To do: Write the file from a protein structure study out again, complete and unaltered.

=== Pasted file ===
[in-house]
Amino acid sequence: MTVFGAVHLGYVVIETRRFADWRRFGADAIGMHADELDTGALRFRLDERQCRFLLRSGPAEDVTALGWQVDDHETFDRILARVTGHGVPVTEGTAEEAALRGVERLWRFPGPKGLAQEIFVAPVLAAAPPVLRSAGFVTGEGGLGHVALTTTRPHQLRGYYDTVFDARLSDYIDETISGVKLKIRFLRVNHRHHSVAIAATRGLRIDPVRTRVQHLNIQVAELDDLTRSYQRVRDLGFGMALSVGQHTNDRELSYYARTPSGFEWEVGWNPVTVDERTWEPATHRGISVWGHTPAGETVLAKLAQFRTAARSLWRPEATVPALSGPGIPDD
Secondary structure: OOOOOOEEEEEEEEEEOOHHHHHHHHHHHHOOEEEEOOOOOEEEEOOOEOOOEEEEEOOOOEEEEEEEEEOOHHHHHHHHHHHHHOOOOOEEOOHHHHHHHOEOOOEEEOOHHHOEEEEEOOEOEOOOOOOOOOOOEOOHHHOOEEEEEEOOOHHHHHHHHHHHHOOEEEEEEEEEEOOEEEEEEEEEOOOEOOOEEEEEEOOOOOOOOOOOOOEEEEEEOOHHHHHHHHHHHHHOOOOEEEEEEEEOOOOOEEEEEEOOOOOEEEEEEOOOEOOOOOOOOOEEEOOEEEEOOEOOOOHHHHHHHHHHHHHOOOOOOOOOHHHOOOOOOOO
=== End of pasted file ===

[in-house]
Amino acid sequence: MTVFGAVHLGYVVIETRRFADWRRFGADAIGMHADELDTGALRFRLDERQCRFLLRSGPAEDVTALGWQVDDHETFDRILARVTGHGVPVTEGTAEEAALRGVERLWRFPGPKGLAQEIFVAPVLAAAPPVLRSAGFVTGEGGLGHVALTTTRPHQLRGYYDTVFDARLSDYIDETISGVKLKIRFLRVNHRHHSVAIAATRGLRIDPVRTRVQHLNIQVAELDDLTRSYQRVRDLGFGMALSVGQHTNDRELSYYARTPSGFEWEVGWNPVTVDERTWEPATHRGISVWGHTPAGETVLAKLAQFRTAARSLWRPEATVPALSGPGIPDD
Secondary structure: OOOOOOEEEEEEEEEEOOHHHHHHHHHHHHOOEEEEOOOOOEEEEOOOEOOOEEEEEOOOOEEEEEEEEEOOHHHHHHHHHHHHHOOOOOEEOOHHHHHHHOEOOOEEEOOHHHOEEEEEOOEOEOOOOOOOOOOOEOOHHHOOEEEEEEOOOHHHHHHHHHHHHOOEEEEEEEEEEOOEEEEEEEEEOOOEOOOEEEEEEOOOOOOOOOOOOOEEEEEEOOHHHHHHHHHHHHHOOOOEEEEEEEEOOOOOEEEEEEOOOOOEEEEEEOOOEOOOOOOOOOEEEOOEEEEOOEOOOOHHHHHHHHHHHHHOOOOOOOOOHHHOOOOOOOO